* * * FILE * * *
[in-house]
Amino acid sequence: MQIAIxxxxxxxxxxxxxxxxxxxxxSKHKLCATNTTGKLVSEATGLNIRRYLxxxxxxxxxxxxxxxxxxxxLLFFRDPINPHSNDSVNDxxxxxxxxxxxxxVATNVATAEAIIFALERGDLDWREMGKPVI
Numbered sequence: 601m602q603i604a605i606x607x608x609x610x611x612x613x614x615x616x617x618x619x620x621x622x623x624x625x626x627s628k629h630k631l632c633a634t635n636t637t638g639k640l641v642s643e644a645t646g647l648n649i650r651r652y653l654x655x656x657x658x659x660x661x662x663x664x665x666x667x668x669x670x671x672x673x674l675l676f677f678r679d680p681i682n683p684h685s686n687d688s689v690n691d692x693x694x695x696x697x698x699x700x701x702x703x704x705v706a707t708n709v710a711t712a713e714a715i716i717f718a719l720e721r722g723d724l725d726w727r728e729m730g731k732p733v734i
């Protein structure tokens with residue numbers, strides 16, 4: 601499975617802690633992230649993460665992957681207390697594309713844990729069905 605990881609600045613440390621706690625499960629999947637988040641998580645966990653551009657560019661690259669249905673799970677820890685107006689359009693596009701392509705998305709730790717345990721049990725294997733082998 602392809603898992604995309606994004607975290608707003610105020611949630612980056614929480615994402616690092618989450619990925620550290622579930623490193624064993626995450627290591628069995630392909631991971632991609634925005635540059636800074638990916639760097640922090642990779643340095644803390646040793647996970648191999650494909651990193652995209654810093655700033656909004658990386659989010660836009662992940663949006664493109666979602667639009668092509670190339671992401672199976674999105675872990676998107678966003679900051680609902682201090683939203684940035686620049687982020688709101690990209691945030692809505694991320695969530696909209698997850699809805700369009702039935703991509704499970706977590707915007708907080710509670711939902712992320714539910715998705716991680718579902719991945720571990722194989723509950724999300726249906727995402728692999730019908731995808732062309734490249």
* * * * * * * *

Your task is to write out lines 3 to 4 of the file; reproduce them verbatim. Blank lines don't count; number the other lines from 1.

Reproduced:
Numbered sequence: 601m602q603i604a605i606x607x608x609x610x611x612x613x614x615x616x617x618x619x620x621x622x623x624x625x626x627s628k629h630k631l632c633a634t635n636t637t638g639k640l641v642s643e644a645t646g647l648n649i650r651r652y653l654x655x656x657x658x659x660x661x662x663x664x665x666x667x668x669x670x671x672x673x674l675l676f677f678r679d680p681i682n683p684h685s686n687d688s689v690n691d692x693x694x695x696x697x698x699x700x701x702x703x704x705v706a707t708n709v710a711t712a713e714a715i716i717f718a719l720e721r722g723d724l725d726w727r728e729m730g731k732p733v734i
């Protein structure tokens with residue numbers, strides 16, 4: 601499975617802690633992230649993460665992957681207390697594309713844990729069905 605990881609600045613440390621706690625499960629999947637988040641998580645966990653551009657560019661690259669249905673799970677820890685107006689359009693596009701392509705998305709730790717345990721049990725294997733082998 602392809603898992604995309606994004607975290608707003610105020611949630612980056614929480615994402616690092618989450619990925620550290622579930623490193624064993626995450627290591628069995630392909631991971632991609634925005635540059636800074638990916639760097640922090642990779643340095644803390646040793647996970648191999650494909651990193652995209654810093655700033656909004658990386659989010660836009662992940663949006664493109666979602667639009668092509670190339671992401672199976674999105675872990676998107678966003679900051680609902682201090683939203684940035686620049687982020688709101690990209691945030692809505694991320695969530696909209698997850699809805700369009702039935703991509704499970706977590707915007708907080710509670711939902712992320714539910715998705716991680718579902719991945720571990722194989723509950724999300726249906727995402728692999730019908731995808732062309734490249």